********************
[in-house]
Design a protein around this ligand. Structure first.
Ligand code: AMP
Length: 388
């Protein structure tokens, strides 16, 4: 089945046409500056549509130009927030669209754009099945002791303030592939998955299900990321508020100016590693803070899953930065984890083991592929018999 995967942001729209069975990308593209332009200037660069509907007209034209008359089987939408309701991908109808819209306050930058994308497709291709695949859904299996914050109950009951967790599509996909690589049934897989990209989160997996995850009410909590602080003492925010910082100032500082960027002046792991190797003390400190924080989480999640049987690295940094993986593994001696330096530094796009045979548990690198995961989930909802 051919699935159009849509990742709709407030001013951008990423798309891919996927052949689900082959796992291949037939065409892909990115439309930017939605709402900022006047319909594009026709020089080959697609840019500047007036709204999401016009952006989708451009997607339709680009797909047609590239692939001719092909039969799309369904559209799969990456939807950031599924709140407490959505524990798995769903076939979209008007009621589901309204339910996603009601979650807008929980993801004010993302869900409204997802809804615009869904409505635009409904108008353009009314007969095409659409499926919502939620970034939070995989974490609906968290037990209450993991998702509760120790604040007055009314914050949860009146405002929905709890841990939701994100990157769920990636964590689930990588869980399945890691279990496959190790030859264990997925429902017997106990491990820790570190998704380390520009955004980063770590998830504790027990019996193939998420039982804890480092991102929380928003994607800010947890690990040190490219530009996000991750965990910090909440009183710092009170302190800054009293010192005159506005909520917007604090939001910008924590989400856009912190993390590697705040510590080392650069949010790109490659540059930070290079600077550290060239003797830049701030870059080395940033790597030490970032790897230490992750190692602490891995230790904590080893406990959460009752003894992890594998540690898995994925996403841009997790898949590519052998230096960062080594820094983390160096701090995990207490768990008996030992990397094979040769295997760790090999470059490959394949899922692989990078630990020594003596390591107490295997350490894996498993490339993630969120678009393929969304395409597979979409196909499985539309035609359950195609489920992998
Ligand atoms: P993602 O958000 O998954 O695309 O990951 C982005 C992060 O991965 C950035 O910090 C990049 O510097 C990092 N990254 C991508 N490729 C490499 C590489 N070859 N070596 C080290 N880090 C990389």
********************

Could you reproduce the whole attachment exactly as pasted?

[in-house]
Design a protein around this ligand. Structure first.
Ligand code: AMP
Length: 388
């Protein structure tokens, strides 16, 4: 089945046409500056549509130009927030669209754009099945002791303030592939998955299900990321508020100016590693803070899953930065984890083991592929018999 995967942001729209069975990308593209332009200037660069509907007209034209008359089987939408309701991908109808819209306050930058994308497709291709695949859904299996914050109950009951967790599509996909690589049934897989990209989160997996995850009410909590602080003492925010910082100032500082960027002046792991190797003390400190924080989480999640049987690295940094993986593994001696330096530094796009045979548990690198995961989930909802 051919699935159009849509990742709709407030001013951008990423798309891919996927052949689900082959796992291949037939065409892909990115439309930017939605709402900022006047319909594009026709020089080959697609840019500047007036709204999401016009952006989708451009997607339709680009797909047609590239692939001719092909039969799309369904559209799969990456939807950031599924709140407490959505524990798995769903076939979209008007009621589901309204339910996603009601979650807008929980993801004010993302869900409204997802809804615009869904409505635009409904108008353009009314007969095409659409499926919502939620970034939070995989974490609906968290037990209450993991998702509760120790604040007055009314914050949860009146405002929905709890841990939701994100990157769920990636964590689930990588869980399945890691279990496959190790030859264990997925429902017997106990491990820790570190998704380390520009955004980063770590998830504790027990019996193939998420039982804890480092991102929380928003994607800010947890690990040190490219530009996000991750965990910090909440009183710092009170302190800054009293010192005159506005909520917007604090939001910008924590989400856009912190993390590697705040510590080392650069949010790109490659540059930070290079600077550290060239003797830049701030870059080395940033790597030490970032790897230490992750190692602490891995230790904590080893406990959460009752003894992890594998540690898995994925996403841009997790898949590519052998230096960062080594820094983390160096701090995990207490768990008996030992990397094979040769295997760790090999470059490959394949899922692989990078630990020594003596390591107490295997350490894996498993490339993630969120678009393929969304395409597979979409196909499985539309035609359950195609489920992998
Ligand atoms: P993602 O958000 O998954 O695309 O990951 C982005 C992060 O991965 C950035 O910090 C990049 O510097 C990092 N990254 C991508 N490729 C490499 C590489 N070859 N070596 C080290 N880090 C990389």